So the answer to the question, 'Who exactly at the BBC decided to broadcast parts of Songs of Praise from the illegal migrant camp in Calais?, turns out to be the BBC's head of religion Aaqil Ahmed.
He's written a blogpost defending his decision. In it, Mr Ahmed describes how he himself first thought up the idea and reveals that he himself also went to the camp on behalf of Songs of Praise.
His blogpost, however, appears to be proving almost as controversial as the original decision - at least if some of the this morning's newspaper headlines are anything to go by:
Here's the bit where Aaqil Ahmed compares the Calais migrants to the flight of Joseph, Mary and Jesus from King Herod:
In churches up and down the country the subject is an important one. For centuries Christians have related to the vivid image of the Holy family becoming refugees themselves when Joseph, Mary and their baby son had to flee persecution from King Herod and escape to Egypt. The Gospels themselves are full of stories and teachings of Jesus to help those in need, to find the dispossessed and vulnerable and to love your neighbour as yourself, whether that’s close to home or in a global context. There is also another powerful concept in Christian thought that comes from the occasion when Jesus said to his followers that when two or three were gathered in his name, he would be among them. The knowledge that the migrants had built a makeshift Church is exactly the kind of action that Christian communities everywhere will relate to.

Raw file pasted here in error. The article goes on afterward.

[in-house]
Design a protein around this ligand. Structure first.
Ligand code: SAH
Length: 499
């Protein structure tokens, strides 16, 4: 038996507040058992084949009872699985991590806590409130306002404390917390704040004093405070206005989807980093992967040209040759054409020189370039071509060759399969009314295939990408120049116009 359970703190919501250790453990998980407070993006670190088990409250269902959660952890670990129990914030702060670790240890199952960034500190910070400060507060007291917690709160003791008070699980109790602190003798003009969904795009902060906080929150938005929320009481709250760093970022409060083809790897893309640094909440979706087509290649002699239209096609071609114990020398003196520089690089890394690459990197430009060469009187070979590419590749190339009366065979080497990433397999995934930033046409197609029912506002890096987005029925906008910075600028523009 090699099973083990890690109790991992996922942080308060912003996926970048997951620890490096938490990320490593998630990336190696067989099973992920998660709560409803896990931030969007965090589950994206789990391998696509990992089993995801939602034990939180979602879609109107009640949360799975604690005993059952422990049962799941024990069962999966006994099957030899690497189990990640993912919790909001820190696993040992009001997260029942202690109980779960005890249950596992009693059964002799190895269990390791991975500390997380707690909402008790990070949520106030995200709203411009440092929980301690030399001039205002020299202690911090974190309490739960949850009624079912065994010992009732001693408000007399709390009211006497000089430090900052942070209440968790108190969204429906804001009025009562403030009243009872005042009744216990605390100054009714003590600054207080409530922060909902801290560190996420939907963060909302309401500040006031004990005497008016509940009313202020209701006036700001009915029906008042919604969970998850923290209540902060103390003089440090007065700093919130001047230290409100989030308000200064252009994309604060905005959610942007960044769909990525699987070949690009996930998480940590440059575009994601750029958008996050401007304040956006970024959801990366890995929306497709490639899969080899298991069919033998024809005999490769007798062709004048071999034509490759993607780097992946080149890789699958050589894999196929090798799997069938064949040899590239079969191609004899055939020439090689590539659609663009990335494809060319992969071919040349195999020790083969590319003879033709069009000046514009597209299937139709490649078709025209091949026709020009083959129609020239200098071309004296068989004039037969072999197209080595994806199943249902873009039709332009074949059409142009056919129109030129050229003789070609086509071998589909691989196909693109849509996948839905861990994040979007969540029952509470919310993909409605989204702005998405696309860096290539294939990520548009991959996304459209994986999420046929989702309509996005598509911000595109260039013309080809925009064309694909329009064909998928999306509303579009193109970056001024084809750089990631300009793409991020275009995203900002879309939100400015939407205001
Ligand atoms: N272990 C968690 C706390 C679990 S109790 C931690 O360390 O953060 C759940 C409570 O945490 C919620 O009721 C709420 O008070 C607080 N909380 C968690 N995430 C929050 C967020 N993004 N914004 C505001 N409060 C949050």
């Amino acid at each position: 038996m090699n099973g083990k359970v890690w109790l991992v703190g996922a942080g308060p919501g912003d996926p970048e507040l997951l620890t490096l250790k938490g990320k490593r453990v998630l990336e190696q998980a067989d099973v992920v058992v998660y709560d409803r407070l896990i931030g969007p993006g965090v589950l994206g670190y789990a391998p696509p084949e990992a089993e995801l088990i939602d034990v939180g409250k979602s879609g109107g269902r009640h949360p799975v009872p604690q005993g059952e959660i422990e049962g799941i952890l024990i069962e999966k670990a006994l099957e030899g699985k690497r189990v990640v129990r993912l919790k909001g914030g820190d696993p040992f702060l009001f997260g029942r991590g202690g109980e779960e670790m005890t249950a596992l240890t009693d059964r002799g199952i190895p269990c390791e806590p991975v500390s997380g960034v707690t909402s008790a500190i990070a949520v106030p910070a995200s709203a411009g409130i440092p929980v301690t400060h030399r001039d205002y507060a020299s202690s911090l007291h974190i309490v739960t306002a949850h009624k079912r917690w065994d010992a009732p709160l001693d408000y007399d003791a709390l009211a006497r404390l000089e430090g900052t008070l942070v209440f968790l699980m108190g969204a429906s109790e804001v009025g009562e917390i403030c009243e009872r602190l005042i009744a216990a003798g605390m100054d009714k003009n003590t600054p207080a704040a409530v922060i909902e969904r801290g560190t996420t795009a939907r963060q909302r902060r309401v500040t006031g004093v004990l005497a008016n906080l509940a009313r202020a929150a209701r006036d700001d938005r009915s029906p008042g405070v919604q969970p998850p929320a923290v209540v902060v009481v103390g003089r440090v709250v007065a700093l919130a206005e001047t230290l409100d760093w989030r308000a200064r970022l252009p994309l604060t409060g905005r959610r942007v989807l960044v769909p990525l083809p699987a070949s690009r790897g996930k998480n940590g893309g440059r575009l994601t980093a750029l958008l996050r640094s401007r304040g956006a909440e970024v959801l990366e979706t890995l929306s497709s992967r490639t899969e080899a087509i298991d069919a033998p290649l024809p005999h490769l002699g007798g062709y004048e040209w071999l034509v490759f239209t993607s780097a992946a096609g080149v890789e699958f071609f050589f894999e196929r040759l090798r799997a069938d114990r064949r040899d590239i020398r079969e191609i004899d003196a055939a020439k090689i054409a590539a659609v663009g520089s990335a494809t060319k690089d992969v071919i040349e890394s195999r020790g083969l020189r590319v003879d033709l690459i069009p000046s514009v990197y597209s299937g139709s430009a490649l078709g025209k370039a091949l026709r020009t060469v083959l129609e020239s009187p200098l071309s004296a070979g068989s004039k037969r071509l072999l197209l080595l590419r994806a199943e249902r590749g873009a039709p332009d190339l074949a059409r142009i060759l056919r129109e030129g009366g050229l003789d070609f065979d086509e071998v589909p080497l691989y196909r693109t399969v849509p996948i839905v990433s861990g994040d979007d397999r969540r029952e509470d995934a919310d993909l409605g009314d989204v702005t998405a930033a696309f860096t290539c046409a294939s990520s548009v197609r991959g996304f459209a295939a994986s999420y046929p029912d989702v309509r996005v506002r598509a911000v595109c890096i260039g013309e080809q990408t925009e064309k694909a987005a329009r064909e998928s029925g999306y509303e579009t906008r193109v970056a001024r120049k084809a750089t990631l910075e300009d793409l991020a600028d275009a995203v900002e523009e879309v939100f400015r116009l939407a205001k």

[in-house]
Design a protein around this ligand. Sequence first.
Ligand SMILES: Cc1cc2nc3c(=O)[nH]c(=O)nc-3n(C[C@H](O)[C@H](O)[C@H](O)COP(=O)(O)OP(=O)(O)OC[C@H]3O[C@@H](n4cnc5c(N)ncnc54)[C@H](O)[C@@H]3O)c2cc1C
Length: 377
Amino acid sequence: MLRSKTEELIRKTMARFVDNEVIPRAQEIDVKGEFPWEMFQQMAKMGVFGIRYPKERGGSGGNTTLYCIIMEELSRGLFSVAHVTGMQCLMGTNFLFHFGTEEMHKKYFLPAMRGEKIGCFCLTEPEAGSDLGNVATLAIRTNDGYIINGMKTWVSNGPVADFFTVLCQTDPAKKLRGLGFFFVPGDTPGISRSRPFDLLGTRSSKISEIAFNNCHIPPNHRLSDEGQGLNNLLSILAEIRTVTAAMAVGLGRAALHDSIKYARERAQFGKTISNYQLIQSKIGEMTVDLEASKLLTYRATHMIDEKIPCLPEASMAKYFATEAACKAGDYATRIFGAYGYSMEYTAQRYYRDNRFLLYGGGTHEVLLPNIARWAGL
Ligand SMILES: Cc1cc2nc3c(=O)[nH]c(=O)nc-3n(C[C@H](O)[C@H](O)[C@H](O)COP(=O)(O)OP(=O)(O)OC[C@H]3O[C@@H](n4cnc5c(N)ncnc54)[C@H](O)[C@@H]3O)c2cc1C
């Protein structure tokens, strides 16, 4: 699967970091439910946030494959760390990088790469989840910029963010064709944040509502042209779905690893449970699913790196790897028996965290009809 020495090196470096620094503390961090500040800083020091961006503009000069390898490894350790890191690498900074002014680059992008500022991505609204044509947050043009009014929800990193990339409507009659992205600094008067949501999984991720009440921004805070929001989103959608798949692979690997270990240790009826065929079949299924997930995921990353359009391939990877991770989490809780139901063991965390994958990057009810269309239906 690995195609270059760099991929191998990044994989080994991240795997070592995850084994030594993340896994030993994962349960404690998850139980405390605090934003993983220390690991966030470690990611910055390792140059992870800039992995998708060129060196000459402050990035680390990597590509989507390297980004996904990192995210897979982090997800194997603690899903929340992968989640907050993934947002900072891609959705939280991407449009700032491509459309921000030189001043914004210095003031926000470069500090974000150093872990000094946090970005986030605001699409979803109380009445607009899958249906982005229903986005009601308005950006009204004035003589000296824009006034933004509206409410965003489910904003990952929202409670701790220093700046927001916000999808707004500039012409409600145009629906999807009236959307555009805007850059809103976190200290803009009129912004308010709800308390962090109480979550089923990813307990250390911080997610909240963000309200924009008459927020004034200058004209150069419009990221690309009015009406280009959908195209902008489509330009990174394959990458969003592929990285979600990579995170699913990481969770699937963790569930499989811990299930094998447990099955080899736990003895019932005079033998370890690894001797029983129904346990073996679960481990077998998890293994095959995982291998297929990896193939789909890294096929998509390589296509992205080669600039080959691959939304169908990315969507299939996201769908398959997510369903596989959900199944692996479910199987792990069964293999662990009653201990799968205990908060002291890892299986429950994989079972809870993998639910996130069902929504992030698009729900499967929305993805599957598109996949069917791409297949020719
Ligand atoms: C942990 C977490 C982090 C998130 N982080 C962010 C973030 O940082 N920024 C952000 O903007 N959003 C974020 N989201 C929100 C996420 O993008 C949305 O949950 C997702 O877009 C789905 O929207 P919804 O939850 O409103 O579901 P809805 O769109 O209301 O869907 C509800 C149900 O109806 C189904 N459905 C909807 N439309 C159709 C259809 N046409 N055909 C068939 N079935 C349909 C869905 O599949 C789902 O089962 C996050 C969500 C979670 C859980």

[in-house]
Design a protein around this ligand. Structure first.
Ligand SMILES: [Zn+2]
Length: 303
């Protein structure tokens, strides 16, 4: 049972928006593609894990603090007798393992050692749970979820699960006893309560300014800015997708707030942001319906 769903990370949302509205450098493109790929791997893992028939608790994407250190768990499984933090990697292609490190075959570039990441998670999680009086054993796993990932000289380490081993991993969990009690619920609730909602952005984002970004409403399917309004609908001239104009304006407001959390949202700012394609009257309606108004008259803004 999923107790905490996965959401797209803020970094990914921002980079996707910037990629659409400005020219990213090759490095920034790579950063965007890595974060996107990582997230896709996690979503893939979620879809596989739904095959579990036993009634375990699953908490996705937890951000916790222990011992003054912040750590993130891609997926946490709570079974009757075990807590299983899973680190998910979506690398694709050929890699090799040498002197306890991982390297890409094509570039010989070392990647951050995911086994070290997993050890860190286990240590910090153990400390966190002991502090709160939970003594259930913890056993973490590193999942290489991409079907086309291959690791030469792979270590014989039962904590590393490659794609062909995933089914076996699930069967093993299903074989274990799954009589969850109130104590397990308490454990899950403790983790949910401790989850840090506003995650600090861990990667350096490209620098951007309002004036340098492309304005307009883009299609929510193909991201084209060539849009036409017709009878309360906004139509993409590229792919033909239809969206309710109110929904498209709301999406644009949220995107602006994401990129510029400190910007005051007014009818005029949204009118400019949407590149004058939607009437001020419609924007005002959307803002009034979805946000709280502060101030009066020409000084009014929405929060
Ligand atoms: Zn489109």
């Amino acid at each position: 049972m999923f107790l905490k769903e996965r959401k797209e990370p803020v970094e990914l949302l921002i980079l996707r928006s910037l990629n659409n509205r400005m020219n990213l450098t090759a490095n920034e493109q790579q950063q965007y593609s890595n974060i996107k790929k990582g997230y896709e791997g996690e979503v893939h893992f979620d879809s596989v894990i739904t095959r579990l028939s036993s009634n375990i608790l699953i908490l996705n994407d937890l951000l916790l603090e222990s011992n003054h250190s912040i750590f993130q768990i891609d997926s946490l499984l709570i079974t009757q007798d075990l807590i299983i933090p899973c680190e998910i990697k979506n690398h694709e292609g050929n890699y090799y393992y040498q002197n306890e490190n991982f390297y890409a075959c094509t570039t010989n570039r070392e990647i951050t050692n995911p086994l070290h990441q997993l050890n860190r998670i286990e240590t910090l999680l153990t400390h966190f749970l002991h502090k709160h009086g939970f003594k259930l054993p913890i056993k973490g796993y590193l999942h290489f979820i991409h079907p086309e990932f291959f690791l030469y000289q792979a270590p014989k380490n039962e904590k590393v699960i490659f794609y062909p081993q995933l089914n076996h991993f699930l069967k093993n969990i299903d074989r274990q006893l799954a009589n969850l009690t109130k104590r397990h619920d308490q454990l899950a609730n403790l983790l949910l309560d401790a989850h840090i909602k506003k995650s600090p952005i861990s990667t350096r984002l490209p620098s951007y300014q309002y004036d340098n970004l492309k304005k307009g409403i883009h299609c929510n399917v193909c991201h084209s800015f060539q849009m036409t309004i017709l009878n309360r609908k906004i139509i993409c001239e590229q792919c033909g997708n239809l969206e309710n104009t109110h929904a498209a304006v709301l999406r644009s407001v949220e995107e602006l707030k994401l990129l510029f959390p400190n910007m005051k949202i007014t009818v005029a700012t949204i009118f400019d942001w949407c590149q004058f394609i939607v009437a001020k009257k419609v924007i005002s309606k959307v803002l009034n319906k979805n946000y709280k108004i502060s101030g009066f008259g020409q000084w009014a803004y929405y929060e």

There will be two items on tomorrow's Songs of Praise about it, according to Mr Ahmed. The first will focus on the make-shift church, talking to a priest and one of his fellow Christian migrants. The second will involve interviews with Christian volunteers from the UK and France.
The BBC head of religion insists none of this will be political:
The programme is looking at how people express their faith, it is not a political statement on the situation or a judgement on migration, and to suggest so is wrong. Songs of Praise is simply reflecting the conversations going on in many churches and Christian households around the country.
The dialogue in that Church was one of faith - not politics; and that's why a show like Songs of Praise is still important.
Presumably, therefore, the initial rumours that Giles Fraser was scheduled to feature on the programme were untrue, given that Giles's presence (and likely statements) would automatically disprove Aaqil Ahmed's point. (Aaqil doesn't mention him in his post).
However, if the first item only shows a couple of benign Christians (in what most reports portray as a predominantly Muslim camp), perhaps telling their tales of suffering and the second items features nothing but Christian volunteers describing how right it is to help these people in need (i.e. with no counterbalancing Christian voices suggesting that tougher action is needed), then it's surely very hard not to see the programme as making a political intervention.